If you don’t usually get cramps or the pain is no big deal—and then suddenly it feels like someone is tying your uterus in a knot every month, that’s cause for concern, Dr. Cepin says. When cramps materialize out of the blue or intensify, it could be due to a more serious condition, such as uterine fibroids, benign growths in the uterus. It could also be a sign of endometriosis, when uterine tissue or tissue similar to uterine tissue grows outside the uterus.

Seek treatment if your cramps are significantly inhibiting your life or if they’re progressively getting to the point where they might, so doctors can diagnose what’s going on and take steps to ease the aching.

10 of 12

Period tracking apps help you stay on top of your cycle

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If you have an irregular flow (and you probably do, since few people have periods that operate on a strict 28-day schedule), apps like Clue, Eve, and Flo Period & Ovulation Tracker keep tabs on your cycle to alert you when your period is due.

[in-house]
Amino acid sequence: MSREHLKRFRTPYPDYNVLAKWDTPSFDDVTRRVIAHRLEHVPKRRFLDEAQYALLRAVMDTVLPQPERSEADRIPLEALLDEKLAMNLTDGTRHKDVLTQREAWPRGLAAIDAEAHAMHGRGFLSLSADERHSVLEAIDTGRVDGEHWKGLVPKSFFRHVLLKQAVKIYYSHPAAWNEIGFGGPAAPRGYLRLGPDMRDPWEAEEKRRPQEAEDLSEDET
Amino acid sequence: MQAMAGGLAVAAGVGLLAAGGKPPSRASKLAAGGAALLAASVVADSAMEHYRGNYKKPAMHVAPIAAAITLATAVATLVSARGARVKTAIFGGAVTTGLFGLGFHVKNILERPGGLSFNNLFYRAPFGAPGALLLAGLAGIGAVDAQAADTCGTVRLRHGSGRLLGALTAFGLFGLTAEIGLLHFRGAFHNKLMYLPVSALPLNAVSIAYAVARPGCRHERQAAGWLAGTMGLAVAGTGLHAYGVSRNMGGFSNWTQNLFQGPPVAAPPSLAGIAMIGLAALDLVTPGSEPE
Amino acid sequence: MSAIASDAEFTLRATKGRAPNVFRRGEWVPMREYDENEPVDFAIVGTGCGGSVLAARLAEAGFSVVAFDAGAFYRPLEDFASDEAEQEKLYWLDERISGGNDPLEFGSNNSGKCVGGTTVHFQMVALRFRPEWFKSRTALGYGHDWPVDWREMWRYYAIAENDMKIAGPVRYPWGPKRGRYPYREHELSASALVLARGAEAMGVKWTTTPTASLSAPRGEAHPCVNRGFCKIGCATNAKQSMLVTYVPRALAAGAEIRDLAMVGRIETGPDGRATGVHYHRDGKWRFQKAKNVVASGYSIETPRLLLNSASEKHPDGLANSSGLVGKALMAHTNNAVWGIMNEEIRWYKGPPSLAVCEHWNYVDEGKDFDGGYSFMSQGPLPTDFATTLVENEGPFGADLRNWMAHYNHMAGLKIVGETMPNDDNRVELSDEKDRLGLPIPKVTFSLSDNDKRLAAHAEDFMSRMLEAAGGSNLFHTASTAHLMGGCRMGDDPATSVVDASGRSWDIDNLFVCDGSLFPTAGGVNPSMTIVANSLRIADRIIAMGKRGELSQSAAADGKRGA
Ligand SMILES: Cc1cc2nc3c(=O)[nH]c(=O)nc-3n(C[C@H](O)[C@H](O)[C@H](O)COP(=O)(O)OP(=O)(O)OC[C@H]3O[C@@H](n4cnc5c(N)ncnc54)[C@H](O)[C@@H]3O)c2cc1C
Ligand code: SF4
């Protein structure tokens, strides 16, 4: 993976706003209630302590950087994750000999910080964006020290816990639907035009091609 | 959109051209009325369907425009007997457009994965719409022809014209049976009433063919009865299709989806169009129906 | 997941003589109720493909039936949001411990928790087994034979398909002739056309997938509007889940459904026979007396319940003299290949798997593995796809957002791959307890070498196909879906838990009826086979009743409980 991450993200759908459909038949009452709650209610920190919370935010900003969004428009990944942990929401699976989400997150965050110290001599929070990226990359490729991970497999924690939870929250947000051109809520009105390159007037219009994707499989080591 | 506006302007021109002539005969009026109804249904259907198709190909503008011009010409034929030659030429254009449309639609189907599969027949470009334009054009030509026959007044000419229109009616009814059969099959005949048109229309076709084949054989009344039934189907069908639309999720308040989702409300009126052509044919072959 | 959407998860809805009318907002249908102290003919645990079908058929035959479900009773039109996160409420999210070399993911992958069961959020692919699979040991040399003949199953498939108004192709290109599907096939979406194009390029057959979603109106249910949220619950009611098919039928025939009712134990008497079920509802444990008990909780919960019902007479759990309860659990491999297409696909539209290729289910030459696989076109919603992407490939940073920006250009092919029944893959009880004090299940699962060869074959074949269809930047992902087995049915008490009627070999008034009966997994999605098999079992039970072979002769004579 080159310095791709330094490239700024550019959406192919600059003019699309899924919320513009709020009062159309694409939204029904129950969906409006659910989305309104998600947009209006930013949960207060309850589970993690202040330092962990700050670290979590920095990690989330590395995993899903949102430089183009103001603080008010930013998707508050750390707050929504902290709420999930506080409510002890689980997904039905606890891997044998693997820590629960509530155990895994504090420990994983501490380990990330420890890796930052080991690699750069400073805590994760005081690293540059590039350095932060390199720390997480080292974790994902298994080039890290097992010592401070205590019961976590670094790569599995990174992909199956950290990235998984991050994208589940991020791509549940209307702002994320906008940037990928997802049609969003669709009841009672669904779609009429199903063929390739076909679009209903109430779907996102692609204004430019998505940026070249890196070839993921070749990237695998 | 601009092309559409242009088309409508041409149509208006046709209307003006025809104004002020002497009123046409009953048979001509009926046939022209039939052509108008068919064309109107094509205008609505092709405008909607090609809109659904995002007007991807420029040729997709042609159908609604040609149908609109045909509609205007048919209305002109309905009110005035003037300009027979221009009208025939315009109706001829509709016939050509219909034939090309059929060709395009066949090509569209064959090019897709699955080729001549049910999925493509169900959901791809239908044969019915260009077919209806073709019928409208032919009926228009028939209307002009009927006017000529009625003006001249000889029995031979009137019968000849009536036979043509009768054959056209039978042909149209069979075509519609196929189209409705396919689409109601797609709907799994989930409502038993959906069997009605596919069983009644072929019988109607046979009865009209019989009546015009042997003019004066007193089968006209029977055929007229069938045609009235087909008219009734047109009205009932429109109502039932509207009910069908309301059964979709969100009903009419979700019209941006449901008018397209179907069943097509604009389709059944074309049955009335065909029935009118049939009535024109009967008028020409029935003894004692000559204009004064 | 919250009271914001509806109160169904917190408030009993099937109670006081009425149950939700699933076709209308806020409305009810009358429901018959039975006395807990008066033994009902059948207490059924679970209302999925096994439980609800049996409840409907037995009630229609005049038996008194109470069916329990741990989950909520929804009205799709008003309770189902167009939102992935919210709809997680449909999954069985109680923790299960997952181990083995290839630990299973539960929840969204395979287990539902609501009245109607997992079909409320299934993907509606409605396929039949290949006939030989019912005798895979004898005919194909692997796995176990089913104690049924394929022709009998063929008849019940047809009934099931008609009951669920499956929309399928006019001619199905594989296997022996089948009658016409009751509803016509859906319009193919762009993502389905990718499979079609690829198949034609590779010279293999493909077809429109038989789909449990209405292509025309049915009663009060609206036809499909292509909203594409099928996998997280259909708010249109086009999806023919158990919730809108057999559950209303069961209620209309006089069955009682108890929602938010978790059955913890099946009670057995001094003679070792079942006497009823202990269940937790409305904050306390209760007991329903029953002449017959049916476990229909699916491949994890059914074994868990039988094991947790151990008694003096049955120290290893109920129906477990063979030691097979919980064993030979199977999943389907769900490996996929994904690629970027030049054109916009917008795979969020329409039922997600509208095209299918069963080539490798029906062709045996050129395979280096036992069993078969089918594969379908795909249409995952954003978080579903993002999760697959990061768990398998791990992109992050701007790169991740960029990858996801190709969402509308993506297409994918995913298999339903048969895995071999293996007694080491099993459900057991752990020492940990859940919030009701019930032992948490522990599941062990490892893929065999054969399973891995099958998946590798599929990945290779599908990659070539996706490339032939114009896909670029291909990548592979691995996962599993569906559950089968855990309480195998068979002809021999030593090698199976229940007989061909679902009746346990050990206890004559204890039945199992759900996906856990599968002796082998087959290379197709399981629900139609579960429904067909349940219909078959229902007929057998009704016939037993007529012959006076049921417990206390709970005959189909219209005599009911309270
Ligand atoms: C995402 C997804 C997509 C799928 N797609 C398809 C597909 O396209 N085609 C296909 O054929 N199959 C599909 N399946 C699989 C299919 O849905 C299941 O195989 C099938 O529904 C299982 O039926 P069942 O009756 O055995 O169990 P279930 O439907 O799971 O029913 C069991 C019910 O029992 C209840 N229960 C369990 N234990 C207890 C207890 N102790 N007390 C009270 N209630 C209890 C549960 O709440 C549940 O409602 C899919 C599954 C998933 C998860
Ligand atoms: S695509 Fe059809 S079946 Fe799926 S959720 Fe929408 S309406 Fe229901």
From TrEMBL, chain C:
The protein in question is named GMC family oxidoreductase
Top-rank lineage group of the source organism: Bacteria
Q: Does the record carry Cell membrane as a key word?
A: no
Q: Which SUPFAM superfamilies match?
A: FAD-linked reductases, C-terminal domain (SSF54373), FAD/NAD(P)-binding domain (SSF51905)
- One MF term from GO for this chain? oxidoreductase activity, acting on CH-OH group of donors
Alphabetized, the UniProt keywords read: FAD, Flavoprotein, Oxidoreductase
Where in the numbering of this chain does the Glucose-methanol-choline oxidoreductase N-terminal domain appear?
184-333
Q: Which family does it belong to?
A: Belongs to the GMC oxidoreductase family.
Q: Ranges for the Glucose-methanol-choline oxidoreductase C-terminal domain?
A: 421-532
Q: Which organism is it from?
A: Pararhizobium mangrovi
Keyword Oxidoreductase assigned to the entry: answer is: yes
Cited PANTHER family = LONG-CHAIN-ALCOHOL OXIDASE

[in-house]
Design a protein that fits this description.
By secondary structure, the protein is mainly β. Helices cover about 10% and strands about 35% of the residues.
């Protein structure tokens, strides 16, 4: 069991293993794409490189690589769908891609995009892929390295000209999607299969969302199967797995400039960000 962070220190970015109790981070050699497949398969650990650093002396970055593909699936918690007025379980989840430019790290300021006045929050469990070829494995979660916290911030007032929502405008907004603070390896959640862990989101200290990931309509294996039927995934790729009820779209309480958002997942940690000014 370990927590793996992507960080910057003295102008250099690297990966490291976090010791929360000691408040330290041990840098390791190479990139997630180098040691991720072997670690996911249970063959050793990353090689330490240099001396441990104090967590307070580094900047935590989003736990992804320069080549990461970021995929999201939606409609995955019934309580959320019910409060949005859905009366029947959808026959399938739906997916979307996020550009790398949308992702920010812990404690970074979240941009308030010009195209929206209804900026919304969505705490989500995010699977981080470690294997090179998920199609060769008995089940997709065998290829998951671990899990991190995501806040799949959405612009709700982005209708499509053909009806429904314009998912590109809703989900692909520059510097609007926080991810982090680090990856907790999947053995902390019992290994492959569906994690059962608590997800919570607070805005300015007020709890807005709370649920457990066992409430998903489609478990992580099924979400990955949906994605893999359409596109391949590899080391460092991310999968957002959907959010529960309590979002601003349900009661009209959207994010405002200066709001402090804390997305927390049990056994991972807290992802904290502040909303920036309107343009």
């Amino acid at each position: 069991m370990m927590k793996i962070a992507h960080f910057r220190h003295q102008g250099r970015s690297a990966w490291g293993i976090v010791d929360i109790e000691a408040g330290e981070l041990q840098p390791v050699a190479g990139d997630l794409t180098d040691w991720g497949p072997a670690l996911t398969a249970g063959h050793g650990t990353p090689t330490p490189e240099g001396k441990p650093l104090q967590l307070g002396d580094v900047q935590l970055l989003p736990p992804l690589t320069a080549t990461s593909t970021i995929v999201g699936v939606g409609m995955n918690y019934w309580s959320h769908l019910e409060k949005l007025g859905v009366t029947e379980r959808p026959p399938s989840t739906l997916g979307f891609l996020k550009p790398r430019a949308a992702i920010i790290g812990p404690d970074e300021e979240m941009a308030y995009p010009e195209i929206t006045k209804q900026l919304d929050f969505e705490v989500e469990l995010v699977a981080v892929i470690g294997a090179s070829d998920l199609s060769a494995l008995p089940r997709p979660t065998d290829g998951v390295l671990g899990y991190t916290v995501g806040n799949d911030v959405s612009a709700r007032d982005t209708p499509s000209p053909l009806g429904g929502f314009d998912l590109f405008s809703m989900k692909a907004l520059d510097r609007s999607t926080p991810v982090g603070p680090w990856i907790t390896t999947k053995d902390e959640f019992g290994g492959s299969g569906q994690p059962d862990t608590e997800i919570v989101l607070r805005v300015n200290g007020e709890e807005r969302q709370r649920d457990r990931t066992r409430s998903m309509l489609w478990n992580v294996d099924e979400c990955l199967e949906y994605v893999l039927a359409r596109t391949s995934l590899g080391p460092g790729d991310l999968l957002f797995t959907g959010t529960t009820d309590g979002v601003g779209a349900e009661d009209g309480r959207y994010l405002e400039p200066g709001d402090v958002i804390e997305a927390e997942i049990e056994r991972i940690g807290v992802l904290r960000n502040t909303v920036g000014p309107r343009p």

These apps can be especially helpful if PMS hits you hard in the days before your period actually arrives. By tracking when your PMS symptoms hit each month, you’ll know exactly when to expect the bloating, mood swings, pre-period cramps, or other body issues—so you can take steps to minimize their impact. “If you’re trying to figure out a cause and effect, it’s certainly nice to have a record so you can track things over time and see if there does seem to be a causality,” Dr. Gersh says.

11 of 12

Period sex has many benefits—and one potential drawback

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Period sex has lots of advantages; it can cut down on pain from cramping (or at least distract you from it), and the extra lubrication can make penetration feel even better. Just remember to use a condom if you aren't sure of your partner's STI status, because your odds of contracting a sexually transmitted infection are higher at this time of the month.